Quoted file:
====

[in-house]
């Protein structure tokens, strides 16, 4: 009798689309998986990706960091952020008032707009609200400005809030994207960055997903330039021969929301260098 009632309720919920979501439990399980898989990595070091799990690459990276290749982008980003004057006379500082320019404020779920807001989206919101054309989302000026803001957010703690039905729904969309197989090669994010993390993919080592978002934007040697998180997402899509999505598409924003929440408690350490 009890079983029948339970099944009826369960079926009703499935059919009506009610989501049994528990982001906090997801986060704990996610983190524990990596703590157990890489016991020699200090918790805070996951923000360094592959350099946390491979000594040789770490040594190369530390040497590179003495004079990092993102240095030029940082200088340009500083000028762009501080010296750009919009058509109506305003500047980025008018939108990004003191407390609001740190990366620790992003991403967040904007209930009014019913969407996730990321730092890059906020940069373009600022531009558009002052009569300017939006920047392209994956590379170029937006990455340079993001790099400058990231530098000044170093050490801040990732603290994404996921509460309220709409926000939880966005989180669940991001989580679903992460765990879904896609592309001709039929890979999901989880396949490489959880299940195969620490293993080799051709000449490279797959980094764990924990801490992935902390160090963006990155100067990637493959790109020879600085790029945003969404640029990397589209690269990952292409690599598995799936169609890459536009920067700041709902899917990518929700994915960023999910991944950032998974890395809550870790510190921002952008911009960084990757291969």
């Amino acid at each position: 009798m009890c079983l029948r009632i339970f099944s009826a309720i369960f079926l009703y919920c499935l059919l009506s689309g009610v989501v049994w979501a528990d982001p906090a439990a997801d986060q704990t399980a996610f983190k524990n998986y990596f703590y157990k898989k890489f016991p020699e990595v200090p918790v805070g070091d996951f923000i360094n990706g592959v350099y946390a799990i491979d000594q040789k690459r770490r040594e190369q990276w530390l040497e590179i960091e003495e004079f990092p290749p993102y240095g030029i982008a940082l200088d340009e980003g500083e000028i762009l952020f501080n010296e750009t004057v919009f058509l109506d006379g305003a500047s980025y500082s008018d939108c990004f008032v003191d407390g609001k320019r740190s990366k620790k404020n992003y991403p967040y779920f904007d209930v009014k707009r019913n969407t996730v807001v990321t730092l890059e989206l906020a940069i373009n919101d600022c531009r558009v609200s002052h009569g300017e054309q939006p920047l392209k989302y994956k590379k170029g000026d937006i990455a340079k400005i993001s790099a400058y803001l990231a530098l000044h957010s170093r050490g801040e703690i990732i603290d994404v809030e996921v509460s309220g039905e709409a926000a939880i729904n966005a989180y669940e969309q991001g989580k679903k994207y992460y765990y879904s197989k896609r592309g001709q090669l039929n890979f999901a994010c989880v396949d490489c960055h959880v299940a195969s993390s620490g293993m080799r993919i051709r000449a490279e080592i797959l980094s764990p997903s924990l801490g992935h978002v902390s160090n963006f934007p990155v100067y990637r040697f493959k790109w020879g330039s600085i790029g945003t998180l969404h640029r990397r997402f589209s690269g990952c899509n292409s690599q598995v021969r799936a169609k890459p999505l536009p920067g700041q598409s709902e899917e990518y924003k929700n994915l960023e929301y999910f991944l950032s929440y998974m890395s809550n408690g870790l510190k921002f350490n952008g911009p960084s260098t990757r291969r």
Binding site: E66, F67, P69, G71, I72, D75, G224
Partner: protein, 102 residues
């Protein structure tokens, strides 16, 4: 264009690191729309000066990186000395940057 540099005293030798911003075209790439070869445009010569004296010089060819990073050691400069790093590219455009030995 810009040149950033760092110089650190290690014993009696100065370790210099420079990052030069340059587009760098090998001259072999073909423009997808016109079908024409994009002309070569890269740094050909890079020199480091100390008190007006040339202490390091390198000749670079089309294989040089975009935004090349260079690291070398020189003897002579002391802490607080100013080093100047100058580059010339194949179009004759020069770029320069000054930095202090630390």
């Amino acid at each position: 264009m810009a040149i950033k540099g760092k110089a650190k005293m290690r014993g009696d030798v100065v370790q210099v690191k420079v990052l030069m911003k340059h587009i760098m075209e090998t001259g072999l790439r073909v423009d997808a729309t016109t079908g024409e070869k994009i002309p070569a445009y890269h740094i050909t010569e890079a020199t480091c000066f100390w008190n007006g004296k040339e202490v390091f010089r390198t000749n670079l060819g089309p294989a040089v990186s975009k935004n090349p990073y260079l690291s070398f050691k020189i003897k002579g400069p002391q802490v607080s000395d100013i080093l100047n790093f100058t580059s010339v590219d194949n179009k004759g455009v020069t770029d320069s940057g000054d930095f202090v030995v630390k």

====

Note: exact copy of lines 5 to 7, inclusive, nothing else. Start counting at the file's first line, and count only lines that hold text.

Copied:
Partner: protein, 102 residues
């Protein structure tokens, strides 16, 4: 264009690191729309000066990186000395940057 540099005293030798911003075209790439070869445009010569004296010089060819990073050691400069790093590219455009030995 810009040149950033760092110089650190290690014993009696100065370790210099420079990052030069340059587009760098090998001259072999073909423009997808016109079908024409994009002309070569890269740094050909890079020199480091100390008190007006040339202490390091390198000749670079089309294989040089975009935004090349260079690291070398020189003897002579002391802490607080100013080093100047100058580059010339194949179009004759020069770029320069000054930095202090630390």
């Amino acid at each position: 264009m810009a040149i950033k540099g760092k110089a650190k005293m290690r014993g009696d030798v100065v370790q210099v690191k420079v990052l030069m911003k340059h587009i760098m075209e090998t001259g072999l790439r073909v423009d997808a729309t016109t079908g024409e070869k994009i002309p070569a445009y890269h740094i050909t010569e890079a020199t480091c000066f100390w008190n007006g004296k040339e202490v390091f010089r390198t000749n670079l060819g089309p294989a040089v990186s975009k935004n090349p990073y260079l690291s070398f050691k020189i003897k002579g400069p002391q802490v607080s000395d100013i080093l100047n790093f100058t580059s010339v590219d194949n179009k004759g455009v020069t770029d320069s940057g000054d930095f202090v030995v630390k």